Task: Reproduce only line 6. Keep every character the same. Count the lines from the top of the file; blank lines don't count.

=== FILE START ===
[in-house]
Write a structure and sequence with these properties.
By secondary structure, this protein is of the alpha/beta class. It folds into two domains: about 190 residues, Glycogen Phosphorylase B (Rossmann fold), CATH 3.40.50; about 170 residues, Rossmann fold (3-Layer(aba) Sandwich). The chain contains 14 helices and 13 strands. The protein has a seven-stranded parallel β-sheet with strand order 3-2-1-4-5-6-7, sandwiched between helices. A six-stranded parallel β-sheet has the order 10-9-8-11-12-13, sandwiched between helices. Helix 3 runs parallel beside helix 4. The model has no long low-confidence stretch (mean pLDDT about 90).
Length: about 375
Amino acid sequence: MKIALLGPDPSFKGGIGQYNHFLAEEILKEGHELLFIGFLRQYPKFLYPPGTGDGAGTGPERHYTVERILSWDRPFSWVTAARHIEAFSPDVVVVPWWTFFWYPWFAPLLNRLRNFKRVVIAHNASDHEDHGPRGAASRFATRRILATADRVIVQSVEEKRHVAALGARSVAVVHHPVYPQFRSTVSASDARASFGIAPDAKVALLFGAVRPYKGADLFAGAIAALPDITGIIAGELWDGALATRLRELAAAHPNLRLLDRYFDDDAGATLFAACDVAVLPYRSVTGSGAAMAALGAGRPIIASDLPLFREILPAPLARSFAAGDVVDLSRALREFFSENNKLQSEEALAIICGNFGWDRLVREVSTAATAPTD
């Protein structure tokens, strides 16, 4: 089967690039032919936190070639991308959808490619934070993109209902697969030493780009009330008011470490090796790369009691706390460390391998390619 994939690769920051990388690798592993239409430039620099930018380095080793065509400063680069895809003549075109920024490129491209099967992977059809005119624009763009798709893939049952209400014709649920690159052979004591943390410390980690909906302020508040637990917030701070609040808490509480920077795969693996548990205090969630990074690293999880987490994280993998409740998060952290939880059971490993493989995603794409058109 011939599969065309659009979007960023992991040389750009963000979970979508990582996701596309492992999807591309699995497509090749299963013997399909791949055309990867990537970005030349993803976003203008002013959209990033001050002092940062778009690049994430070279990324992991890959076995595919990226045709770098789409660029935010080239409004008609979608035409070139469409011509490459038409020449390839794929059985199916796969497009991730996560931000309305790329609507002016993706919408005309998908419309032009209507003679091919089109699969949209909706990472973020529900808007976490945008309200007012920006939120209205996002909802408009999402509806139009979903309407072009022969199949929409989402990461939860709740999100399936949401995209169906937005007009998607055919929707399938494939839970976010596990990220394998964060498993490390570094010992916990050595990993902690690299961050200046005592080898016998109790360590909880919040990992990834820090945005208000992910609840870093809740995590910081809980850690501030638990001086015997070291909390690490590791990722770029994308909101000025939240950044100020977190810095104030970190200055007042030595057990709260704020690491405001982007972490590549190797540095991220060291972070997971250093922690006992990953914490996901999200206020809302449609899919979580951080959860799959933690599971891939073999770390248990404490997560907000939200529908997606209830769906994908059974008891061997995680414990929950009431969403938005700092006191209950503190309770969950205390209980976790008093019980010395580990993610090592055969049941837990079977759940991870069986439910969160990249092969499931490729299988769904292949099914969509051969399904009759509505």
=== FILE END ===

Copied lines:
């Protein structure tokens, strides 16, 4: 089967690039032919936190070639991308959808490619934070993109209902697969030493780009009330008011470490090796790369009691706390460390391998390619 994939690769920051990388690798592993239409430039620099930018380095080793065509400063680069895809003549075109920024490129491209099967992977059809005119624009763009798709893939049952209400014709649920690159052979004591943390410390980690909906302020508040637990917030701070609040808490509480920077795969693996548990205090969630990074690293999880987490994280993998409740998060952290939880059971490993493989995603794409058109 011939599969065309659009979007960023992991040389750009963000979970979508990582996701596309492992999807591309699995497509090749299963013997399909791949055309990867990537970005030349993803976003203008002013959209990033001050002092940062778009690049994430070279990324992991890959076995595919990226045709770098789409660029935010080239409004008609979608035409070139469409011509490459038409020449390839794929059985199916796969497009991730996560931000309305790329609507002016993706919408005309998908419309032009209507003679091919089109699969949209909706990472973020529900808007976490945008309200007012920006939120209205996002909802408009999402509806139009979903309407072009022969199949929409989402990461939860709740999100399936949401995209169906937005007009998607055919929707399938494939839970976010596990990220394998964060498993490390570094010992916990050595990993902690690299961050200046005592080898016998109790360590909880919040990992990834820090945005208000992910609840870093809740995590910081809980850690501030638990001086015997070291909390690490590791990722770029994308909101000025939240950044100020977190810095104030970190200055007042030595057990709260704020690491405001982007972490590549190797540095991220060291972070997971250093922690006992990953914490996901999200206020809302449609899919979580951080959860799959933690599971891939073999770390248990404490997560907000939200529908997606209830769906994908059974008891061997995680414990929950009431969403938005700092006191209950503190309770969950205390209980976790008093019980010395580990993610090592055969049941837990079977759940991870069986439910969160990249092969499931490729299988769904292949099914969509051969399904009759509505």